When 19-year-old Fran married Bobby Benedetto, she never dreamed that she would find herself in an abusive relationship. Every time her New York City policeman husband hit her, she would think of convincing reasons to stay.
Now, with her 10-year-old son in tow, she is running for her life. Living in Florida under an assumed name, she is bravely shaping a new life and dares to believe that, finally, she has escaped from her painful past. Black and Blue is a wise and powerful novel whose protagonists could be the people next door.
An Oprah Book Club® Selection.
©1998 Anna Quindlen; (P)1998 Recorded Books, LLC
"Quindlen writes about women as they really areneither helpless victims nor angry polemicists, but intelligent human beings struggling to do what's right for those they love and for themselves. A book to read and savor." (Kirkus Reviews)
"Engrossing....compassionate and tense." (The New York Times)
"Absolutely believable....Quindlen writes with power and grace." (The Boston Globe)
Spousal abuse is a challenging, difficult topic to both write and read about. I put off reading this book for some time, despite having read several other gems in Quindlen's repertoire and knowing the quality of her work. And though it was still a hard book to take in, the skill with which she developed every character in this book made it well worth the effort. Spousal abuse doesn't happen in a vacuum between a husband and wife; children and families are equally victimized and scarred for life, and Quindlen uses every bit of her remarkable writing expertise to make this point. As well, Quindlen used those skills most effectively to show the birth and evolution of an inherently flawed relationship.
Phimister's verbal portrayal of every character was equally well-done. She captured well the painful suffering and confusion of the main character as well as her moments of joy, but easily slipped into the voice of a Bronx cop, an aged holocaust survivor, an eleven-year old boy and a Southern belle. Her reading was thoughtful and sometimes pensive, totally fitting a story wherein the main character is struggling to understand what happened to her life.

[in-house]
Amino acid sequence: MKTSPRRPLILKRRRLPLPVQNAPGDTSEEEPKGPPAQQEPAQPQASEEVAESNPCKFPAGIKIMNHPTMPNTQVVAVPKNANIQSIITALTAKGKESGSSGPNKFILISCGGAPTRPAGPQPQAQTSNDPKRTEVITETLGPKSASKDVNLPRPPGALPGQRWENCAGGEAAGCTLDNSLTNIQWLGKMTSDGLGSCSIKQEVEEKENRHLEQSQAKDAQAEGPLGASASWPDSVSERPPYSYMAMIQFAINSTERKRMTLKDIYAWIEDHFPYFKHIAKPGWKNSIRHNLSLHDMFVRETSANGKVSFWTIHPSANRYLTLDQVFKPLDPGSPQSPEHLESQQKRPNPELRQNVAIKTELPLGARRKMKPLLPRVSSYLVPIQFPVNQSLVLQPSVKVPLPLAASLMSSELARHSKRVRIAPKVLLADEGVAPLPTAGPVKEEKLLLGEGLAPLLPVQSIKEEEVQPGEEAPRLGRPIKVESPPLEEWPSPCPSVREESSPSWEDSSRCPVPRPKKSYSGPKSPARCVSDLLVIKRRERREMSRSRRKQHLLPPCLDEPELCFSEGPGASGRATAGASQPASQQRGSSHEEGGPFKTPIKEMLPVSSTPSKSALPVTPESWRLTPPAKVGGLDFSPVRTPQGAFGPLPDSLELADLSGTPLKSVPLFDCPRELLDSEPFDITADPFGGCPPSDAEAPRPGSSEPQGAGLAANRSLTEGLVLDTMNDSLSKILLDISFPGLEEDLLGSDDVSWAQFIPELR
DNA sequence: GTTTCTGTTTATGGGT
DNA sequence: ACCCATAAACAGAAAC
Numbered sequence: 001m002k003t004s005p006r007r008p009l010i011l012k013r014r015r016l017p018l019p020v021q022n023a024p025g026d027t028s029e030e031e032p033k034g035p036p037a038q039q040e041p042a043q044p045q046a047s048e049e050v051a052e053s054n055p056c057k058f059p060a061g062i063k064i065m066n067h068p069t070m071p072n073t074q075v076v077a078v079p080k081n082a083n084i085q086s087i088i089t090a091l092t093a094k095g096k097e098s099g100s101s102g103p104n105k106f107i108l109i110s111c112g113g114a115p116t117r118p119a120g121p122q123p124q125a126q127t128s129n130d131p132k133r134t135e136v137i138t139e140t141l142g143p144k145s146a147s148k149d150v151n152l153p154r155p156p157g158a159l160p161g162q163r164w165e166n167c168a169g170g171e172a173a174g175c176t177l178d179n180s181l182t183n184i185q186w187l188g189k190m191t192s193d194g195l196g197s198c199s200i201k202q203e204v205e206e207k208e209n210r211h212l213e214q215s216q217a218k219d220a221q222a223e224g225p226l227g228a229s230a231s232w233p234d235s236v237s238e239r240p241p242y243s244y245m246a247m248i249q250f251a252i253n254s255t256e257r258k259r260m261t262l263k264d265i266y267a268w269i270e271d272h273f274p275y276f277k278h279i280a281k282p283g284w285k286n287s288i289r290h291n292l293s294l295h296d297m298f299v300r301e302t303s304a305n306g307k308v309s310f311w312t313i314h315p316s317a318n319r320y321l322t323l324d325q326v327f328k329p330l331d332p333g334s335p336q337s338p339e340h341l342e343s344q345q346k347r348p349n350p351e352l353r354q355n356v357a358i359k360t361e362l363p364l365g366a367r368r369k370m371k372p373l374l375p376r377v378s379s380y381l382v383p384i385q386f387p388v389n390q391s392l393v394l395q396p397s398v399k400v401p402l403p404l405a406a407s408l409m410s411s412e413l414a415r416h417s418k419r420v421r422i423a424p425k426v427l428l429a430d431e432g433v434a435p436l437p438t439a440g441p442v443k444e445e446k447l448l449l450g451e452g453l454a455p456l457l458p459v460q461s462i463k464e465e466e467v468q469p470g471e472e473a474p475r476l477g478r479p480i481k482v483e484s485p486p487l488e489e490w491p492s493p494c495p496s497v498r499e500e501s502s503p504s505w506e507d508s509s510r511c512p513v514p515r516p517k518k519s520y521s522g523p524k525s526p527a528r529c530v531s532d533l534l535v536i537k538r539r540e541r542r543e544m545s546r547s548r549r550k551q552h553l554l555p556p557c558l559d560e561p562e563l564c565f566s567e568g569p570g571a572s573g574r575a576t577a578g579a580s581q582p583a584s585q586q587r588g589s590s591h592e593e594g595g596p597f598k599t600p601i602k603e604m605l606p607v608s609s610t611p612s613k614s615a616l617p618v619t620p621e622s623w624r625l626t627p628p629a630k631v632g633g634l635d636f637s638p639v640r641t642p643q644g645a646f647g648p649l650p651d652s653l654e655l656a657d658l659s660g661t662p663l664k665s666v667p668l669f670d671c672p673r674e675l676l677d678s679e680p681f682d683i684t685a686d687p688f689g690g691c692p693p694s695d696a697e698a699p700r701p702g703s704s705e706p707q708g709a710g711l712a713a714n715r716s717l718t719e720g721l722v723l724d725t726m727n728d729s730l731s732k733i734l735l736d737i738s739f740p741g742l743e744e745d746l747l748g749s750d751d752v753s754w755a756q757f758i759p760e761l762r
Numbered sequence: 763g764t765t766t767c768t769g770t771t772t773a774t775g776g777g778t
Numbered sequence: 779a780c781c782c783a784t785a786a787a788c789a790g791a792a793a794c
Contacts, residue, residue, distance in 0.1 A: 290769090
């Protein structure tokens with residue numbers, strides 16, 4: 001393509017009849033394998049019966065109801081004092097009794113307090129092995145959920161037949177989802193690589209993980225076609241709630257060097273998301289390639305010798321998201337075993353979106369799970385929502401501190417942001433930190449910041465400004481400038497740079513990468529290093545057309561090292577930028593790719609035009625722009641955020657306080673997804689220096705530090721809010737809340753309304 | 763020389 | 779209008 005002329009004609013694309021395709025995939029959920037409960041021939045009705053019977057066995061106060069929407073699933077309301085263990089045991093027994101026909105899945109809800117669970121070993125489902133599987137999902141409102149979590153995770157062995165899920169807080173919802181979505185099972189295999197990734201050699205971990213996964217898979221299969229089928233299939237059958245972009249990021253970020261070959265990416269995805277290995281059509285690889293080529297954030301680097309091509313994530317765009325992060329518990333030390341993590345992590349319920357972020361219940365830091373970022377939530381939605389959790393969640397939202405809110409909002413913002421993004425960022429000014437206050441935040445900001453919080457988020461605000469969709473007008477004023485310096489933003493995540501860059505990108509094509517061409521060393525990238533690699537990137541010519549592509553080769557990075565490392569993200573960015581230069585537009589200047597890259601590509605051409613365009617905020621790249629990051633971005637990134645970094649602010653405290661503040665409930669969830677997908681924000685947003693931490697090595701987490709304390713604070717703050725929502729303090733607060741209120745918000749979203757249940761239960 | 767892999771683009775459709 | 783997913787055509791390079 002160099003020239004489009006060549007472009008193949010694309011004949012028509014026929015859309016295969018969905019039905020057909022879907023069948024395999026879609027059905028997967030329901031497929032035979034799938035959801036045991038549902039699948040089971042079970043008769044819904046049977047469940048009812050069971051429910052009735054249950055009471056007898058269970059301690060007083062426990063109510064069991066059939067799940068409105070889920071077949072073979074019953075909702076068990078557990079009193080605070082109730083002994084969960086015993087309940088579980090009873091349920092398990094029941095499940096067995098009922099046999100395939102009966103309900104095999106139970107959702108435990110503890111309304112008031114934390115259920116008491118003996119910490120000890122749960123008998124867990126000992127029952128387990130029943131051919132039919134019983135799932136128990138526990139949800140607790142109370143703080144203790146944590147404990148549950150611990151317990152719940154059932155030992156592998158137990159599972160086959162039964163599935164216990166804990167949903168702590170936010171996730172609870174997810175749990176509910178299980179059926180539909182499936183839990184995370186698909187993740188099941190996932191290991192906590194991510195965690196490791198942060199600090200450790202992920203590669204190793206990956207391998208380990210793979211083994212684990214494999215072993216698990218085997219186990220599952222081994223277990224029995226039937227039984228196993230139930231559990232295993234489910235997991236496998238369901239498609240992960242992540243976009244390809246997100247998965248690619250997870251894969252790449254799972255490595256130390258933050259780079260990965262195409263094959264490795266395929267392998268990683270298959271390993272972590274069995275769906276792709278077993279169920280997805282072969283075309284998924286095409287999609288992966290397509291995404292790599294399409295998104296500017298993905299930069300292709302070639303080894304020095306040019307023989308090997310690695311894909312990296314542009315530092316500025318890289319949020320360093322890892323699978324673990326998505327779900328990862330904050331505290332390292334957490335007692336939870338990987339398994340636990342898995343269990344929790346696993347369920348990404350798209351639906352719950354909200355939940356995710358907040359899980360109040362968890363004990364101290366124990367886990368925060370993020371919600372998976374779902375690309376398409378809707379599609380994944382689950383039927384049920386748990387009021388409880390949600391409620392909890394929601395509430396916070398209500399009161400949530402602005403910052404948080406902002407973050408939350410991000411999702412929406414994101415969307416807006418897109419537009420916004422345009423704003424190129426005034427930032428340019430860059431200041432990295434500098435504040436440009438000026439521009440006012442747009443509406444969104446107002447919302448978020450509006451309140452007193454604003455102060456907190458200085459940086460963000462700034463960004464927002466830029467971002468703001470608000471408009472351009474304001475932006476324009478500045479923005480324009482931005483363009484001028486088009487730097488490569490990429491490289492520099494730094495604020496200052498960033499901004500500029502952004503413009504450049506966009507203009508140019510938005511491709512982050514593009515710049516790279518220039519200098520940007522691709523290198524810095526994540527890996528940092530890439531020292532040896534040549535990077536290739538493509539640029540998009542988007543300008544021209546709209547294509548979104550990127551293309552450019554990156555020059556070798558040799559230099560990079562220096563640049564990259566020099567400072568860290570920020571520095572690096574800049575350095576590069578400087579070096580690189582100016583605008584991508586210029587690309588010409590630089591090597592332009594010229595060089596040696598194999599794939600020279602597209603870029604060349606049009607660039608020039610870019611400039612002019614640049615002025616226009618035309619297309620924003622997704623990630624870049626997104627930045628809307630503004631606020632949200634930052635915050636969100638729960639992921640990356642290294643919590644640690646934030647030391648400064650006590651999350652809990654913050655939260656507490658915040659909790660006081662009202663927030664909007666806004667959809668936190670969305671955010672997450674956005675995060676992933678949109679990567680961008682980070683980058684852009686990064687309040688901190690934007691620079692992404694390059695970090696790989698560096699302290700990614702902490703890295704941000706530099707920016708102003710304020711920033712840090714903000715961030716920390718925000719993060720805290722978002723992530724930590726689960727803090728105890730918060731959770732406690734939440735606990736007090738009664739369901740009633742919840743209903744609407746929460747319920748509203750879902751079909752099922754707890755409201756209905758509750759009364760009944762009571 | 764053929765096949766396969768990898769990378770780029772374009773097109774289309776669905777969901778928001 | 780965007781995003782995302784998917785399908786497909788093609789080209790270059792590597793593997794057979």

There are some stories in life where there can be no happy ending. This is certainly one of them, but it still ends on a note of realistic hope for the future, and I thank the author for that. I highly recommend this book.
This is a hard subject to read about (domestic violence) but this was a great story and getting to know the characters. Moments in the book when you thought they were going to be found made it more interesting. Recommend this book.
Oprah Book Club® Selection, April 1998
I loved this book! It was amazing; I loved every minute of it, right until the last word. I would recommend this book over and over again. In terms of the audio, the narrator did a fine job.
I was a Reading Specialist by trade , but mostly I'm a wife, mother, stepmother, grandmother, and servant to four cats.
Although the story is kind of formulaic (another abused wife whose husband is an insane cop who spends all his time tracking down his runaway wife, ie: Safe Haven), the author gives us characters that seem very real, people you start rooting for. I like that the ending isn't as predictable as I would have thought...meaning it feels more like real life than a perfect storybook ending. You can't go wrong with an Anna Quindlen book.
The fact that she got out and tried to make a better life for her and her son. Not sure how I feel about the ending.
An emotionally hard book and just every word this woman writes is a pleasure. I am such a fan of Quindlen's. I dislike physically abusive books, books about broken families are not something I would generate to but, she writes so possitive. I know it doesn't seem possible.
Again and again I find myself relistening to chapters or verses because they were so well written that I need to hear it again.
Every woman wants to believe they will never be in 'that' situation and I hope and wish no woman would. However, sometimes you find yourself there. And society has put these thoughts and lies in our heads that its the woman's fault for not leaving. This gives a look from a woman point of view. When everyone says its so easy to leave, would it be that easy if your abusive husband was a cop?
Love the story and how the narrator sets the tone.
If you like the author to detail the scenes, you may enjoy this book. I found the details distracting (color of the walls, description of the pieces of furniture in the room, etc.)
Clear and easy to understand
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